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7 Common Homeschooling Mistakes

 

There is no denying that homeschooling is growing in popularity. There is also no denying that all parents are going to make some mistakes along the way when it comes to homeschooling. After all, we all fail in some way in every area of life. There is no magic formula for homeschooling. Nevertheless, you can learn from others and try to avoid the same pitfalls. With that being said, read on to discover more about the common homeschooling mistakes and how you can avoid them.

 

Listen to Your Children

There is only one place to begin, and this is failing to listen to your children. This is easily done because we get so wrapped up in our own ideas and plans, meaning we forget to check in with our children. While you do need to set guidelines, you also need to give your children a bit of freedom and responsibility.  You know the requirements, but you can listen to their ideas too. After all, homeschooling is a two-way street. Moreover, you also need to think about what your child wants to do in the future, which is something they will get more and more vocal about as they get older. Let’s say your child has decided that he or she wants to get involved in nursing. Look at an online MSN FNP program online so you can get a better idea regarding the further education that is involved. By matching the curriculum to their interests, or even dual enrollment during high school, you will be able to focus your efforts on preparing your child for whatever their future holds.

 

Supermom syndrome

This is something a lot of us are guilty of! You need to recognize that you are not a superhero. Your house is not going to be spotless all of the time. Your errands are not always going to be run. Your meals will not always be healthy. You need to take a deep breath and remember the following:

 

  • School materials are going to take over your home unless you have a dedicated schoolroom or home library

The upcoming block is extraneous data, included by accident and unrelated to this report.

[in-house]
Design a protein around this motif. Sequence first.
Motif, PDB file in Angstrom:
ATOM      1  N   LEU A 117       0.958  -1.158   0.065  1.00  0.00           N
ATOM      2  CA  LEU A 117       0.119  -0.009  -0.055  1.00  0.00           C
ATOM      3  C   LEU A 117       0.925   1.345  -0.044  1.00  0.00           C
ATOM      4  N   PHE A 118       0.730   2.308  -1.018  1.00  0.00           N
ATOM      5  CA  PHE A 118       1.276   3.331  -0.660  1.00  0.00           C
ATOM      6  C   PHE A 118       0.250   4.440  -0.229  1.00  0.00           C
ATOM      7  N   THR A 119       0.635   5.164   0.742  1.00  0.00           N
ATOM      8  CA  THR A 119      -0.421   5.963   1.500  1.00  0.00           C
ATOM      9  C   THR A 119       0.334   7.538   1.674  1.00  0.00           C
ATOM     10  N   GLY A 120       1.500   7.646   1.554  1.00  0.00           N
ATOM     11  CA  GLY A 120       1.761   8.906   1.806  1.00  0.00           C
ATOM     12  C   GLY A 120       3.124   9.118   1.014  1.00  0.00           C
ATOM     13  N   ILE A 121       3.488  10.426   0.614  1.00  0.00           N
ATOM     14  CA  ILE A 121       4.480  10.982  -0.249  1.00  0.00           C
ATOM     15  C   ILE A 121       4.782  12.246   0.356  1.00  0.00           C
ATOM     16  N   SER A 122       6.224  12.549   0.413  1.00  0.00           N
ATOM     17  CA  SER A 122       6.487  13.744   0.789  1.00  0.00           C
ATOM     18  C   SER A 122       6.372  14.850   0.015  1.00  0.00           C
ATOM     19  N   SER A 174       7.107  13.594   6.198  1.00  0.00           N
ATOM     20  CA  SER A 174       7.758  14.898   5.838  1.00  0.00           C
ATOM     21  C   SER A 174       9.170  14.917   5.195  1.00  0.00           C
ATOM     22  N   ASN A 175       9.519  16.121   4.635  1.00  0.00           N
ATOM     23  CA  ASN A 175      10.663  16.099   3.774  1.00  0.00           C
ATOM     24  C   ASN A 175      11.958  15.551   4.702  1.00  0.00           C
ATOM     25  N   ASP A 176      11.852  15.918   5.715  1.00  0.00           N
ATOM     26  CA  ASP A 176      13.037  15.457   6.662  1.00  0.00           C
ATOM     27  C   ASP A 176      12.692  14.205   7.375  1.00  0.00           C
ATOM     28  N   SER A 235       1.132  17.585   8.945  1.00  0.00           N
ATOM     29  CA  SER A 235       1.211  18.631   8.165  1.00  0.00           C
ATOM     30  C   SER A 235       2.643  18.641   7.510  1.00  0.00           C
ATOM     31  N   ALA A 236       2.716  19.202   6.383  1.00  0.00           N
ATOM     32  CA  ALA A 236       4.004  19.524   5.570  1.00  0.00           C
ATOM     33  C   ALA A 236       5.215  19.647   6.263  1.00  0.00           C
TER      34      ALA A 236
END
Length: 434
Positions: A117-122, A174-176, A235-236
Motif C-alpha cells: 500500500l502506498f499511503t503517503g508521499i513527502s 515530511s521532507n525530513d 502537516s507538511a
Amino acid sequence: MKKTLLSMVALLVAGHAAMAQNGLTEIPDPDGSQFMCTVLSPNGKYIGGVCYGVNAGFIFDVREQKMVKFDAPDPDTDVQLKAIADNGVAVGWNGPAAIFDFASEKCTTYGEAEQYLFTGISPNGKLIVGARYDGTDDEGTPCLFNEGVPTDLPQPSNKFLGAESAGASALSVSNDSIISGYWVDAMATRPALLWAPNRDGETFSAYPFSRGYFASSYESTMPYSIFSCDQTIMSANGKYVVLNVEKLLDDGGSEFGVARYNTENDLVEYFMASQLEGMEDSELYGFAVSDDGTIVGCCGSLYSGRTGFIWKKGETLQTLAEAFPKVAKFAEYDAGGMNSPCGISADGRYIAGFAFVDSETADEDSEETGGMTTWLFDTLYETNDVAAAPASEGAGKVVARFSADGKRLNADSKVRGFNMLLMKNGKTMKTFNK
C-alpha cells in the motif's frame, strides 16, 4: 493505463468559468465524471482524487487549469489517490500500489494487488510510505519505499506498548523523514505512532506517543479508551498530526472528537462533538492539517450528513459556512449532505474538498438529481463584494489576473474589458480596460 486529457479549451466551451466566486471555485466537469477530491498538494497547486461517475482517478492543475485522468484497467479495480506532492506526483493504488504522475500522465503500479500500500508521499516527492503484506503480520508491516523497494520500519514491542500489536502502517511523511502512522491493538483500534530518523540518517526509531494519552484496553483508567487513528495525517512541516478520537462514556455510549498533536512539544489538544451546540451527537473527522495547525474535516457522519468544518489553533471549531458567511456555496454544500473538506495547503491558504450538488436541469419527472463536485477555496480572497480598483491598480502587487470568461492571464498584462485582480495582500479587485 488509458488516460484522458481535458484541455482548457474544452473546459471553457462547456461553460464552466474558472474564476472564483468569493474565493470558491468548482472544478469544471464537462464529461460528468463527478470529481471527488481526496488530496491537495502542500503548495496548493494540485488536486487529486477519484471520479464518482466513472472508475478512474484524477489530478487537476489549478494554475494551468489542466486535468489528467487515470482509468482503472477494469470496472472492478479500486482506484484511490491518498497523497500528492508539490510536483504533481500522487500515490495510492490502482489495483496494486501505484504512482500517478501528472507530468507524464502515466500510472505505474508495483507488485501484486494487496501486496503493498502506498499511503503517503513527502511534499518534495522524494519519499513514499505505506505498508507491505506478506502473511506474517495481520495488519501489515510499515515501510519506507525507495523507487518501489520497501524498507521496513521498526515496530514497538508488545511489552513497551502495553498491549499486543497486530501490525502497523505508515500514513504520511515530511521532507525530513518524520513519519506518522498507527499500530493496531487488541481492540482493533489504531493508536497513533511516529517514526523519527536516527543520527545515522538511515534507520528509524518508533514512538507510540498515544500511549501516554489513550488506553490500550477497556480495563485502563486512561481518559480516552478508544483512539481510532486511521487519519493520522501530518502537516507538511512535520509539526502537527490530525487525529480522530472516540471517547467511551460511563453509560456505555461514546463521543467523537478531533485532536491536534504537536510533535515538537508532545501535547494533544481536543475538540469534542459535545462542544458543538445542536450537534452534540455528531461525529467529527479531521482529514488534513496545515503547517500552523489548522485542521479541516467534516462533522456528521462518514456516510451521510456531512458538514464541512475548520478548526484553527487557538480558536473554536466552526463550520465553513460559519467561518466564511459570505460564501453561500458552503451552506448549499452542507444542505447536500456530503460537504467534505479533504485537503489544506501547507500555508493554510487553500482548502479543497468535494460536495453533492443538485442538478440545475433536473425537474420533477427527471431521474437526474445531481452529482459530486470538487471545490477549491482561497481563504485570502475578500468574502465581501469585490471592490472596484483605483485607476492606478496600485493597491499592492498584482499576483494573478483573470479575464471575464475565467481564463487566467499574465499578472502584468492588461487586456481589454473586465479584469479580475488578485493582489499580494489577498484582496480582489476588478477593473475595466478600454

• Your walls are going to be covered with maps, lessons, projects, and charts
  • You school at your house
  • Your children are in your house – all the time
  • And you are in your house all day

 

You need to be realistic and stop being so hard on yourself!  Plan your meals, use bookshelves and baskets to keep things corraled, and make quick clean-ups part of your daily schedule.  With good routines in place, you can stay ahead of the inevitable chaos.

 

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Doing It Alone

Another mistake that a lot of parents make when it comes to homeschooling is trying to do it all on your own. Yes, you want to do everything yourself because you are the parent, you are in charge of your child’s education. But this can be dangerous thinking. Yes, you are responsible and should be overseeing your homeschool, but this doesn’t mean doing it all on your own.  You run the risk of becoming lonely and frustrated. Joining a co-op (in real-life or online) can offer so much to your child and you. Not only will this give you a bit of fresh air and enable you to get outside of the home, but it also means you will be able to get advice and bounce ideas off of people that are in the same shoes as you. A co-op may offer core-subject instruction, enrichment subjects, field trips, service opportunities or a combination of these activities. Make sure to find something that is a good fit for your family.  If you dread co-op day, that is counter-productive. In addition to a co-op, you may find support online such as classes, memberships, homeschool conferences, seminars, homeschool publications, and so on. This will enhance your experience dramatically and benefit your child’s education too.

 

Skipping Breaks